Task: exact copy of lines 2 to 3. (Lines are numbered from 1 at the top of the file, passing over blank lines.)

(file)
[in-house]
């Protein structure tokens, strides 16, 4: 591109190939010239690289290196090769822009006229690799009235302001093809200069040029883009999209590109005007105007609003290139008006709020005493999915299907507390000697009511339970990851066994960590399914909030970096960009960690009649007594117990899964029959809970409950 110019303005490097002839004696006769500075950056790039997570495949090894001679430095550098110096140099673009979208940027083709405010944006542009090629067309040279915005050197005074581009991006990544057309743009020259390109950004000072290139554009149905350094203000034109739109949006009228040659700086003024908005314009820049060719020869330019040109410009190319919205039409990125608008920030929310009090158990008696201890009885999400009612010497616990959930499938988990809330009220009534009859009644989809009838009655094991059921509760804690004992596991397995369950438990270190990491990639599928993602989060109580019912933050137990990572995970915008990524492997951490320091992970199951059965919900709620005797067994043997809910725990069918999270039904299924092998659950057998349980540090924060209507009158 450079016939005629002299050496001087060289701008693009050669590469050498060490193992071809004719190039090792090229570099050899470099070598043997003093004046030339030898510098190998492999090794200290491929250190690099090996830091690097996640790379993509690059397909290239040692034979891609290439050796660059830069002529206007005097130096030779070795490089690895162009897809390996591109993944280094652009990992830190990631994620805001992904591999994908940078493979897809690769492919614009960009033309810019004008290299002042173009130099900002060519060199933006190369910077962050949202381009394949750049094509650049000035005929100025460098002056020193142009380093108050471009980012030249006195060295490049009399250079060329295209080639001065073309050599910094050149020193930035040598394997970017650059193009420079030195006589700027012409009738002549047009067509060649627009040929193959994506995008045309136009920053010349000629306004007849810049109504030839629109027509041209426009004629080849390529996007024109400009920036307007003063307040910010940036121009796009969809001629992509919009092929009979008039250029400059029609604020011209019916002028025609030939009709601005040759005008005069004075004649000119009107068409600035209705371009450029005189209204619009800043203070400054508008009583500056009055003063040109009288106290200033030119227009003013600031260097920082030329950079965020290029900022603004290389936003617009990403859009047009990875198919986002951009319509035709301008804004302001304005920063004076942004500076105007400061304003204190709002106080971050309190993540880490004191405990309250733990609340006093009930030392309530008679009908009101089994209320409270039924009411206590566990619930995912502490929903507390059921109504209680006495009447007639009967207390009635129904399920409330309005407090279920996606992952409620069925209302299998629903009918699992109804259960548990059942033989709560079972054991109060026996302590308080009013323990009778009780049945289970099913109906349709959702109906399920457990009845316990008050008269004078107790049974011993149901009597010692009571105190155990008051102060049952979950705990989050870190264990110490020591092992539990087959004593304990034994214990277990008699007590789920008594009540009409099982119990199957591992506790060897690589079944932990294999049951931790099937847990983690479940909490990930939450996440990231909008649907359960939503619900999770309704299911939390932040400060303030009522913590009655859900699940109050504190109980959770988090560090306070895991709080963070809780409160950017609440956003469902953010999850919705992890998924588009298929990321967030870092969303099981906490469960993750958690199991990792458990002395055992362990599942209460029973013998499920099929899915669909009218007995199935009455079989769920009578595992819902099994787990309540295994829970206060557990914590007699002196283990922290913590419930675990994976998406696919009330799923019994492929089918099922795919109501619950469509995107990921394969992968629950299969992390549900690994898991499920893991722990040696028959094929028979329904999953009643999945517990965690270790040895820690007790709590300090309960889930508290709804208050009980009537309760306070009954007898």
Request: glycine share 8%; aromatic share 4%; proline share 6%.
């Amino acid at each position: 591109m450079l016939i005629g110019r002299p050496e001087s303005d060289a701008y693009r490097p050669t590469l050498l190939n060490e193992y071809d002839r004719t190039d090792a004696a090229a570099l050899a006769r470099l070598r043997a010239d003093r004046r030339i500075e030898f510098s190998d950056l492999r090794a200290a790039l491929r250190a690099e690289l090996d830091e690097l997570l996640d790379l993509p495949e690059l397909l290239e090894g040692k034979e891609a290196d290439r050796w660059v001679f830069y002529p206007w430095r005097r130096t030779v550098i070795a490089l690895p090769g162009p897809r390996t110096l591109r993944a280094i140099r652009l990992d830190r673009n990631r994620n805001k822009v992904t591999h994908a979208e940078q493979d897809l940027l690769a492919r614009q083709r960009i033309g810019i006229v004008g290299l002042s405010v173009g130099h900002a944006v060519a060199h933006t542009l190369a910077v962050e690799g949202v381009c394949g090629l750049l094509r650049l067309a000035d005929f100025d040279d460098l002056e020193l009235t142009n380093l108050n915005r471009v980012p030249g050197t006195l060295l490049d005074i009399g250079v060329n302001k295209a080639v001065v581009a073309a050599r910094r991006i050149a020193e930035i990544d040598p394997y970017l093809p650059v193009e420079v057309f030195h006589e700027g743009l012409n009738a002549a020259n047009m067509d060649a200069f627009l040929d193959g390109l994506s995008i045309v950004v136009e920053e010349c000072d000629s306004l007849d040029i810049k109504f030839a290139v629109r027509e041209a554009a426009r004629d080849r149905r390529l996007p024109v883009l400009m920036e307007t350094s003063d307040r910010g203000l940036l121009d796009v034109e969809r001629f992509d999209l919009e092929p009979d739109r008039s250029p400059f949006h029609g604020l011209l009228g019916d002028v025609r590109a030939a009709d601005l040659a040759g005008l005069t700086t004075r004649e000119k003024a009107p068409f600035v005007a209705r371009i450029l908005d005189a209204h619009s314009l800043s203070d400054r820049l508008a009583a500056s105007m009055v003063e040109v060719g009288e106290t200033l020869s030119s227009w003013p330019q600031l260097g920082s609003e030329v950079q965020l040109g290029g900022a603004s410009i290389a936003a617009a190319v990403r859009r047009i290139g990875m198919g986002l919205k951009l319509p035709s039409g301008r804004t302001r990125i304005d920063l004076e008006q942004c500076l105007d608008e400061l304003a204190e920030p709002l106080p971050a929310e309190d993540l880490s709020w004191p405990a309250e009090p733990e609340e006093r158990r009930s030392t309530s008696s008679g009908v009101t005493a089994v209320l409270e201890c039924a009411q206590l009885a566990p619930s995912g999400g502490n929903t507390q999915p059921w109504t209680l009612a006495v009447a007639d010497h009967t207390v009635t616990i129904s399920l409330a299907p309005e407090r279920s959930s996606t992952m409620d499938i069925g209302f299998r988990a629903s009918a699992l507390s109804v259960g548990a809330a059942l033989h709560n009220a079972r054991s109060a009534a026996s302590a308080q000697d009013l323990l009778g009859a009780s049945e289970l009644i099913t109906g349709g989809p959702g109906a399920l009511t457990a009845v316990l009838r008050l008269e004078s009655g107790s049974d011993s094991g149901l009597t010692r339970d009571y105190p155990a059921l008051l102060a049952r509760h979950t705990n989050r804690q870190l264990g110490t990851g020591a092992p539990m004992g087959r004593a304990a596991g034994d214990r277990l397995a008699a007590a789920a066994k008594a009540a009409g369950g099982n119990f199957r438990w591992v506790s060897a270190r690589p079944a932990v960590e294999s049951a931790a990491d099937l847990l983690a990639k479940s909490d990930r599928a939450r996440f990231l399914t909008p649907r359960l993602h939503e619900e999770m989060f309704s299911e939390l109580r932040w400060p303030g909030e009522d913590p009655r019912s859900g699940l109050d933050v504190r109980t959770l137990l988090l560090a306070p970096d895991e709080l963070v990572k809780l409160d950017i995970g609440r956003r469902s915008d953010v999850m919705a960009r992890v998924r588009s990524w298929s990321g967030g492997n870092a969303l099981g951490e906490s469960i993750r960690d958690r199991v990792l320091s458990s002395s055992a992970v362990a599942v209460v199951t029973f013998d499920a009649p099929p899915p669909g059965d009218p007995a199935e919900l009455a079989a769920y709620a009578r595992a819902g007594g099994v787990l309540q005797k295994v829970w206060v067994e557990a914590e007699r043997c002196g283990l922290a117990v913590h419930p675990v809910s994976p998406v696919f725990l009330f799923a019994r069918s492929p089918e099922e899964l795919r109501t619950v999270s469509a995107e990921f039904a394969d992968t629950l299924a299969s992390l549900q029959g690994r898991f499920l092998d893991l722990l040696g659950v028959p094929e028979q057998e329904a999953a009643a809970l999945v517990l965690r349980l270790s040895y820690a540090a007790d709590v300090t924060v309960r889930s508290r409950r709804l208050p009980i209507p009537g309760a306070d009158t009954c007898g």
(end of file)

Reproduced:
């Protein structure tokens, strides 16, 4: 591109190939010239690289290196090769822009006229690799009235302001093809200069040029883009999209590109005007105007609003290139008006709020005493999915299907507390000697009511339970990851066994960590399914909030970096960009960690009649007594117990899964029959809970409950 110019303005490097002839004696006769500075950056790039997570495949090894001679430095550098110096140099673009979208940027083709405010944006542009090629067309040279915005050197005074581009991006990544057309743009020259390109950004000072290139554009149905350094203000034109739109949006009228040659700086003024908005314009820049060719020869330019040109410009190319919205039409990125608008920030929310009090158990008696201890009885999400009612010497616990959930499938988990809330009220009534009859009644989809009838009655094991059921509760804690004992596991397995369950438990270190990491990639599928993602989060109580019912933050137990990572995970915008990524492997951490320091992970199951059965919900709620005797067994043997809910725990069918999270039904299924092998659950057998349980540090924060209507009158 450079016939005629002299050496001087060289701008693009050669590469050498060490193992071809004719190039090792090229570099050899470099070598043997003093004046030339030898510098190998492999090794200290491929250190690099090996830091690097996640790379993509690059397909290239040692034979891609290439050796660059830069002529206007005097130096030779070795490089690895162009897809390996591109993944280094652009990992830190990631994620805001992904591999994908940078493979897809690769492919614009960009033309810019004008290299002042173009130099900002060519060199933006190369910077962050949202381009394949750049094509650049000035005929100025460098002056020193142009380093108050471009980012030249006195060295490049009399250079060329295209080639001065073309050599910094050149020193930035040598394997970017650059193009420079030195006589700027012409009738002549047009067509060649627009040929193959994506995008045309136009920053010349000629306004007849810049109504030839629109027509041209426009004629080849390529996007024109400009920036307007003063307040910010940036121009796009969809001629992509919009092929009979008039250029400059029609604020011209019916002028025609030939009709601005040759005008005069004075004649000119009107068409600035209705371009450029005189209204619009800043203070400054508008009583500056009055003063040109009288106290200033030119227009003013600031260097920082030329950079965020290029900022603004290389936003617009990403859009047009990875198919986002951009319509035709301008804004302001304005920063004076942004500076105007400061304003204190709002106080971050309190993540880490004191405990309250733990609340006093009930030392309530008679009908009101089994209320409270039924009411206590566990619930995912502490929903507390059921109504209680006495009447007639009967207390009635129904399920409330309005407090279920996606992952409620069925209302299998629903009918699992109804259960548990059942033989709560079972054991109060026996302590308080009013323990009778009780049945289970099913109906349709959702109906399920457990009845316990008050008269004078107790049974011993149901009597010692009571105190155990008051102060049952979950705990989050870190264990110490020591092992539990087959004593304990034994214990277990008699007590789920008594009540009409099982119990199957591992506790060897690589079944932990294999049951931790099937847990983690479940909490990930939450996440990231909008649907359960939503619900999770309704299911939390932040400060303030009522913590009655859900699940109050504190109980959770988090560090306070895991709080963070809780409160950017609440956003469902953010999850919705992890998924588009298929990321967030870092969303099981906490469960993750958690199991990792458990002395055992362990599942209460029973013998499920099929899915669909009218007995199935009455079989769920009578595992819902099994787990309540295994829970206060557990914590007699002196283990922290913590419930675990994976998406696919009330799923019994492929089918099922795919109501619950469509995107990921394969992968629950299969992390549900690994898991499920893991722990040696028959094929028979329904999953009643999945517990965690270790040895820690007790709590300090309960889930508290709804208050009980009537309760306070009954007898």
Request: glycine share 8%; aromatic share 4%; proline share 6%.